Unwrapping Poe’s Mummy

When we think of Edgar Allan Poe, we think of his horror tales.  His face is the icon of macabre fiction.  And so when we see that he once wrote a tale about a mummy, we expect the full panoply of a monster story: Egyptian curses, the dead revivified, perhaps a monstrous beetle that devours the living.  But Poe was not just a writer of scary stories.  In fact, only about a third of his tales can be termed Horror.  Another third were satires and humorous tales.  That’s right, Edgar Allan Poe was a humorist, spinning tales to induce laughter, not chills.

In Poe’s short story, “Some Words with a Mummy,” a doctor and his friend unwrap a mummy, (actually people in the 19th Century loved to throw “Mummy Unwrapping Parties“) and discover his name is Allamistakeo (yes, the puns in Poe stories are usually this obvious).  Then, they decide to zap the mummy with electricity to bring it to life.  And it works!  After some slapstick hijinks at resurrection, the men give the mummy some proper clothing, then they all sit down to cigars, brandy, and civilized conversation.  Part of the satire in the plot and their discussion revolves around the hubris of modern humans in thinking their advances in scientific knowledge make them superior to past generations.

Edgar Allan Poe, “Some Words with a Mummy,” in American Review Vol. 1 No. 4, April 1845. Collection of the Rosenbach, A 845a. Credit: Kelly & Massa photography.

The humor aside, “Some Words with a Mummy” makes a few connections with Shelley’s Frankenstein: revivification of the dead, the uses of scientific knowledge and, while it is not specifically stated that Frankenstein resuscitates his creature with electricity, there are certainly hints in the story about this (and Shelley herself wrote about how electrical experiments inspired her novel).  In recounting his first impressions of his creation, Victor Frankenstein says:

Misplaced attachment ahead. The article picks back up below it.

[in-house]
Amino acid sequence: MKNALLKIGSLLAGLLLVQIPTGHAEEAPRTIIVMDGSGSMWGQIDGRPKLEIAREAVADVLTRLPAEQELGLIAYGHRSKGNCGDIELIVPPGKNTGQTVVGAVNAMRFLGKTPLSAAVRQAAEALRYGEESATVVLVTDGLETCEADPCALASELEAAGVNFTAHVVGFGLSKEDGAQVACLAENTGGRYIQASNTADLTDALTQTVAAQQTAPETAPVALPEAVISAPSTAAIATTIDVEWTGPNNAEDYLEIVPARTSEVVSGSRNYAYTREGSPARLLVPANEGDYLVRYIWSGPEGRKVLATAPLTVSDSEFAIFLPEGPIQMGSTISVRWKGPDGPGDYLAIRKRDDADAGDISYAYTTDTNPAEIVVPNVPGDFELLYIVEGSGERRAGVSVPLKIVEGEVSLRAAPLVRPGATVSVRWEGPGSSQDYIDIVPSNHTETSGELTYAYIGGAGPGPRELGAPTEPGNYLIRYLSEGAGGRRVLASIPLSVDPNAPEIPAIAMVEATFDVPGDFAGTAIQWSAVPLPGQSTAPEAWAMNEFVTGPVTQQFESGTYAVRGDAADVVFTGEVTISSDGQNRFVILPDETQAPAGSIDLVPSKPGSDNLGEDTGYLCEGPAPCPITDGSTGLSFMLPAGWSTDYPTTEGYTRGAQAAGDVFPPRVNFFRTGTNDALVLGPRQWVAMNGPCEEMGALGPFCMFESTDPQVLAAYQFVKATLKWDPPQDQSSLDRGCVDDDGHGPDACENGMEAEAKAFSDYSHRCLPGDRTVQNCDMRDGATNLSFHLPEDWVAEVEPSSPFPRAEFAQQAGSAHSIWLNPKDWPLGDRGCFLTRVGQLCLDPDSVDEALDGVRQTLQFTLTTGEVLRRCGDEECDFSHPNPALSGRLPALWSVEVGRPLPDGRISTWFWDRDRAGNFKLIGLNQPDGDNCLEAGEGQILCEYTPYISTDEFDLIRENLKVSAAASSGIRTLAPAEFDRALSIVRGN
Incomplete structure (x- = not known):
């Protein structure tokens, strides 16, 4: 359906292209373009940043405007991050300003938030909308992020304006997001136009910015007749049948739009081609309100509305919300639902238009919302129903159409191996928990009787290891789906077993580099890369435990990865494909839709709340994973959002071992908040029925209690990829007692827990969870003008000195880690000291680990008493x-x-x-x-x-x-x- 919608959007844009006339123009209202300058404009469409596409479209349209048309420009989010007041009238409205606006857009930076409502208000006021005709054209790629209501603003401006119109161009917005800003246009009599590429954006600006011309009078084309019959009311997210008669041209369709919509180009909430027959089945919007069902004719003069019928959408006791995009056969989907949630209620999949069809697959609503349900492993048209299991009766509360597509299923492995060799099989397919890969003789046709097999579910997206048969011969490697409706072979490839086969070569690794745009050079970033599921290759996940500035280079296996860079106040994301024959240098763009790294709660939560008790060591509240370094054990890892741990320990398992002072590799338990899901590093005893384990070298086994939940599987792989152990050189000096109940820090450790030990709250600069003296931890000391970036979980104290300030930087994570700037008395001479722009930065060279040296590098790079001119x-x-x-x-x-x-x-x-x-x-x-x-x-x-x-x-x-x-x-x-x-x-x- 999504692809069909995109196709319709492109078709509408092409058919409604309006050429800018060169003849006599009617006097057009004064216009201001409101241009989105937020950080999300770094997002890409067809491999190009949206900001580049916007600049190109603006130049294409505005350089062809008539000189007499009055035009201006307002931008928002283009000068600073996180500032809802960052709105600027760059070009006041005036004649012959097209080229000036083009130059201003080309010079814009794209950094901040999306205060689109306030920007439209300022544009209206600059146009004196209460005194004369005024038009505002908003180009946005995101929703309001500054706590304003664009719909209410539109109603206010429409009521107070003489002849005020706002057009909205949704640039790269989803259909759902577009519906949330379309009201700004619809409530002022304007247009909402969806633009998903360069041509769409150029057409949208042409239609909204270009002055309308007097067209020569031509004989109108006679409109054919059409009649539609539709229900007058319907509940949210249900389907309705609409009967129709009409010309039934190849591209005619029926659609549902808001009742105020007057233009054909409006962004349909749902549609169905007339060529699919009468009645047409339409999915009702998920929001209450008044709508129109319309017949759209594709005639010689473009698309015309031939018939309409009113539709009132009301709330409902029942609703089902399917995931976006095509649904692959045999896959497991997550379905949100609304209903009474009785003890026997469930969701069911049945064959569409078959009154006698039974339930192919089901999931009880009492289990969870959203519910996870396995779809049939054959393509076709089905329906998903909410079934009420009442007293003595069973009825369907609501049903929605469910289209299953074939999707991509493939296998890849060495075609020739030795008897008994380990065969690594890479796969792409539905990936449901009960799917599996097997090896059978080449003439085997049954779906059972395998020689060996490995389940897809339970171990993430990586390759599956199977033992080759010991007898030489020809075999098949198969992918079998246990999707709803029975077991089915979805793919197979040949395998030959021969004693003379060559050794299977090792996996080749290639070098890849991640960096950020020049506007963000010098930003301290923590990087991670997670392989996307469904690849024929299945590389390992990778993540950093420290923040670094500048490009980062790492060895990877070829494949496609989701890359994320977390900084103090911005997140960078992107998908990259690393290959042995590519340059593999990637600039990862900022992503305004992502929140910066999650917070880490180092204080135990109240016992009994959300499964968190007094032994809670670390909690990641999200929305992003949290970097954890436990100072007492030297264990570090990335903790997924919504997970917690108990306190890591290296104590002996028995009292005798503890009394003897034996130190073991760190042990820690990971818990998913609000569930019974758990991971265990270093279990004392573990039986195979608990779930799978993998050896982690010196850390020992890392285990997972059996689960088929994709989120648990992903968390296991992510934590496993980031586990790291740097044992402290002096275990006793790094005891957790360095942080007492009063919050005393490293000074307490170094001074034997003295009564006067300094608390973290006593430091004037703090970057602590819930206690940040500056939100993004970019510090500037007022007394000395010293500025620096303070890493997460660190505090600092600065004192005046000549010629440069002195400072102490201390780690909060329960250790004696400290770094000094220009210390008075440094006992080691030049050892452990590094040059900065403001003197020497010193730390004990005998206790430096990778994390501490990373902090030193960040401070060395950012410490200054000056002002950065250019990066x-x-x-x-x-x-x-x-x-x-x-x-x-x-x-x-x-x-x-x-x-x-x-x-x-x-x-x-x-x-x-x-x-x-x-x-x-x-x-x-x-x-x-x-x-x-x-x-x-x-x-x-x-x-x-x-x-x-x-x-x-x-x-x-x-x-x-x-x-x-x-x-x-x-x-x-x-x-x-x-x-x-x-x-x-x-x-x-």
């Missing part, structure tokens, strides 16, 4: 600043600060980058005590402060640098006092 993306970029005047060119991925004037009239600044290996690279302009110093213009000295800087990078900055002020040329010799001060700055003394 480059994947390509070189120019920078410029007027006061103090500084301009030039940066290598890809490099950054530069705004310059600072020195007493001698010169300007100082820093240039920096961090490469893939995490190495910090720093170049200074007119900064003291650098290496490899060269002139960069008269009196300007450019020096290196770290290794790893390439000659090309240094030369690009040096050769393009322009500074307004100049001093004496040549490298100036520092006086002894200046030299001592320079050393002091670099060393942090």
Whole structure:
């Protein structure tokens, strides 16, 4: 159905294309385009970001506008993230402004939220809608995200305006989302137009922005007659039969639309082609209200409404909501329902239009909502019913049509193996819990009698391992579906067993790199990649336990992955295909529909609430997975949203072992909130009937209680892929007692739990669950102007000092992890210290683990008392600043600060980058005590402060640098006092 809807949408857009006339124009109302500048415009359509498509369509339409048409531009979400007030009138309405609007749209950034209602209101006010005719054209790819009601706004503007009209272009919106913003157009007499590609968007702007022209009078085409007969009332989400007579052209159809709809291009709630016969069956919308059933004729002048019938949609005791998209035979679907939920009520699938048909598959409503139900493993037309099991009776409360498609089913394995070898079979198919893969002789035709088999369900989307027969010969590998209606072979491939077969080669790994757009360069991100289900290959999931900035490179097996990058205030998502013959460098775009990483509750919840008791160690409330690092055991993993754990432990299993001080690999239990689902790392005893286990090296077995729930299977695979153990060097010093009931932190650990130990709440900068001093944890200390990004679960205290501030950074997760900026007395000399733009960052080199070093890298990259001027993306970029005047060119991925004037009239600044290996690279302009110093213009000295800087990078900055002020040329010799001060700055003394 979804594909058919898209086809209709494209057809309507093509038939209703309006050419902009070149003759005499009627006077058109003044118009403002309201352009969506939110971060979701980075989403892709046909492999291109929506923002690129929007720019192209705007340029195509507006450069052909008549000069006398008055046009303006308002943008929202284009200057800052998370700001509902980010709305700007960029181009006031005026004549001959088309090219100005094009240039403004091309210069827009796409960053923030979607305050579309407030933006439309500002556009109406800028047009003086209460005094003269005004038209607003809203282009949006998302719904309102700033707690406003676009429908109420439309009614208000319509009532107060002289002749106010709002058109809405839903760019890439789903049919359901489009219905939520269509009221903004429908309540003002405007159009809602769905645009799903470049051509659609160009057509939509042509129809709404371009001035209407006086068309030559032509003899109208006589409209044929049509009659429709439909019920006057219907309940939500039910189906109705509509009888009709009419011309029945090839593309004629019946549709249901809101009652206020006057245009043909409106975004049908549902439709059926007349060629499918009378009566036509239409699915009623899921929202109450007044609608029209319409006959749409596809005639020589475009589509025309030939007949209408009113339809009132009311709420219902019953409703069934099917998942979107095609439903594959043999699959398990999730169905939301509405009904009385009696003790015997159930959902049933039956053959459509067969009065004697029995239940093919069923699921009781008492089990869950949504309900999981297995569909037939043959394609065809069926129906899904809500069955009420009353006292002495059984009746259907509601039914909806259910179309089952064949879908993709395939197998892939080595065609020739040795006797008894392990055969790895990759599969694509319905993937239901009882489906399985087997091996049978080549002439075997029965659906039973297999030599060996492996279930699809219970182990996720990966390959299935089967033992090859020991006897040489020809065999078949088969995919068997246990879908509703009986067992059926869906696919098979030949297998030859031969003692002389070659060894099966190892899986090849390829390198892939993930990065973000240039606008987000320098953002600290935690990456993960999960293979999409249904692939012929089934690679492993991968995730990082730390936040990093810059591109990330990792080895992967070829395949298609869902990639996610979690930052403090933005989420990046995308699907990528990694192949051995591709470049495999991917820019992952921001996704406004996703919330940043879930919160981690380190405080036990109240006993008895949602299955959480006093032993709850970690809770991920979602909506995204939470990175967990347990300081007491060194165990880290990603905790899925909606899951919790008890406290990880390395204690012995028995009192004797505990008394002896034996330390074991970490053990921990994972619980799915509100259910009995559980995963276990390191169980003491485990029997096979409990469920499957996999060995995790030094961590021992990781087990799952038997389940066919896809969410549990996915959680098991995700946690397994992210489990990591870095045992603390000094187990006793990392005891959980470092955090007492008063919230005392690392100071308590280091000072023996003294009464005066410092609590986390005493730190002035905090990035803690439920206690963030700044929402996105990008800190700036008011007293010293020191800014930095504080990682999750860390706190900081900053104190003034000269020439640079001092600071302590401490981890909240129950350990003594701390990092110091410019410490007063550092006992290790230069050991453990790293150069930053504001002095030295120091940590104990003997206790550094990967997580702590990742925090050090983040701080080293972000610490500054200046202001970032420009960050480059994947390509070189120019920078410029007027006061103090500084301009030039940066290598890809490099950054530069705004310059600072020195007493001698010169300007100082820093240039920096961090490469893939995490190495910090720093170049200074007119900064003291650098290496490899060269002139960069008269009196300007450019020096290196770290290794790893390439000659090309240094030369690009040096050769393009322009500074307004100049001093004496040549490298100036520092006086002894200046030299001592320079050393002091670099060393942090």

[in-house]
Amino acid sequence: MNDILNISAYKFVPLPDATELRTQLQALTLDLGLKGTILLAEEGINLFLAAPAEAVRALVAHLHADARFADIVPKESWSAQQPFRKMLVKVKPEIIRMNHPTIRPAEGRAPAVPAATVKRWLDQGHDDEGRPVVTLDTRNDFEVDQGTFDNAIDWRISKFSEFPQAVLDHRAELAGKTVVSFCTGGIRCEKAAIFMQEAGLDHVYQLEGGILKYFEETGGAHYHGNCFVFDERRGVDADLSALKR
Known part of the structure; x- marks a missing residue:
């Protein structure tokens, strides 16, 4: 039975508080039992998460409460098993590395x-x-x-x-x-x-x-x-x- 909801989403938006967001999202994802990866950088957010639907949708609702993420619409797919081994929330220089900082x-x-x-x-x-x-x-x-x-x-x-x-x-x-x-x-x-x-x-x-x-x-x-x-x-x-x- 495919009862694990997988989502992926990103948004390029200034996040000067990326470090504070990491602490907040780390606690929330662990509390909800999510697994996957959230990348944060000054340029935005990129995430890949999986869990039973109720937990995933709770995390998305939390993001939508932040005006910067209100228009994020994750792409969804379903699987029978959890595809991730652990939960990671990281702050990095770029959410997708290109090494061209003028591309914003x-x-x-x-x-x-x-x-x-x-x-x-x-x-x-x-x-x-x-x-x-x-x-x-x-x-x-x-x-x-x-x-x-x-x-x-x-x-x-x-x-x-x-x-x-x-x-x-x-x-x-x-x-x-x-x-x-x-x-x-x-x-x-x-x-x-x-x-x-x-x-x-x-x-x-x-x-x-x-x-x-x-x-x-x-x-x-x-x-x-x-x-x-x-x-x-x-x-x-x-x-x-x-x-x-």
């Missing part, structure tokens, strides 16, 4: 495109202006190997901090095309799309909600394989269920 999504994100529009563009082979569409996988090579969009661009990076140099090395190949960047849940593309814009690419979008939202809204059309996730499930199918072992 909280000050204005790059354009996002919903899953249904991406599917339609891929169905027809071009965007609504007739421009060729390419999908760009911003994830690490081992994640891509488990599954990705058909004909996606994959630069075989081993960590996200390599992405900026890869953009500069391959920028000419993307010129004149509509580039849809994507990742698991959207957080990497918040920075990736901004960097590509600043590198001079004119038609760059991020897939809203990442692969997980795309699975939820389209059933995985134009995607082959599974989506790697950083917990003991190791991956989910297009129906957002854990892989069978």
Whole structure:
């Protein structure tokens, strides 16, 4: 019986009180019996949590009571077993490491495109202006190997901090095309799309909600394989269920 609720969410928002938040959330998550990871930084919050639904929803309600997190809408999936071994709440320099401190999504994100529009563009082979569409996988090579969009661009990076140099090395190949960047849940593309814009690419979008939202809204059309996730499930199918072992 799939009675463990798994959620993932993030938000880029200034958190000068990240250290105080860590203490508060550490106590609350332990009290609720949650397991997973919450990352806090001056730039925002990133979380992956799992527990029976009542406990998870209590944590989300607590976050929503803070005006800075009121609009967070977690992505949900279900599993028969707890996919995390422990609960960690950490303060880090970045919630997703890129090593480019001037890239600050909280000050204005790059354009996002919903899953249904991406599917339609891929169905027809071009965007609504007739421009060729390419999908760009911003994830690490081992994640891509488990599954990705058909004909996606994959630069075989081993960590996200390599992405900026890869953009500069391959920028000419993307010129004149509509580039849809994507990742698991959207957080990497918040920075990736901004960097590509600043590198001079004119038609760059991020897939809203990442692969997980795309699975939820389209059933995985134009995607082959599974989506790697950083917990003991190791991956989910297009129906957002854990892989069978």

“Oh! No mortal could support the horror of that countenance. A mummy again endued with animation could not be so hideous as that wretch. I had gazed on him while unfinished; he was ugly then, but when those muscles and joints were rendered capable of motion, it became a thing such as even Dante could not have conceived.”

What is a horror for Frankenstein, the hideousness of an animated corpse (Well, what were you expecting, Victor?), is fodder for laughs in Poe’s tale:

“I cannot say that I was alarmed at the phenomenon, because “alarmed” is, in my case, not exactly the word. It is possible, however, that, but for the Brown Stout, I might have been a little nervous. As for the rest of the company, they really made no attempt at concealing the downright fright which possessed them. Doctor Ponnonner was a man to be pitied. Mr. Gliddon, by some peculiar process, rendered himself invisible. Mr. Silk Buckingham, I fancy, will scarcely be so bold as to deny that he made his way, upon all fours, under the table.”

And yes, Poe’s humor still revolves around a revivified corpse, so just because he loved to tell a funny story, doesn’t take away his iconic macabre status.

Read one of Poe’s humor tales in honor of Edgar Allan Poe’s birthday today (January 19).  And you can see the first publication of Poe’s “Some Words with a Mummy”, in the journal American Review, in our Frankenstein & Dracula exhibition, along with the manuscript page of Shelley’s Frankenstein that mentions the creature’s mummy-like appearance.

Frankenstein & Dracula exhibition gallery, picturing pages of Mary Shelley’s manuscript under image of Frankenstein’s monster.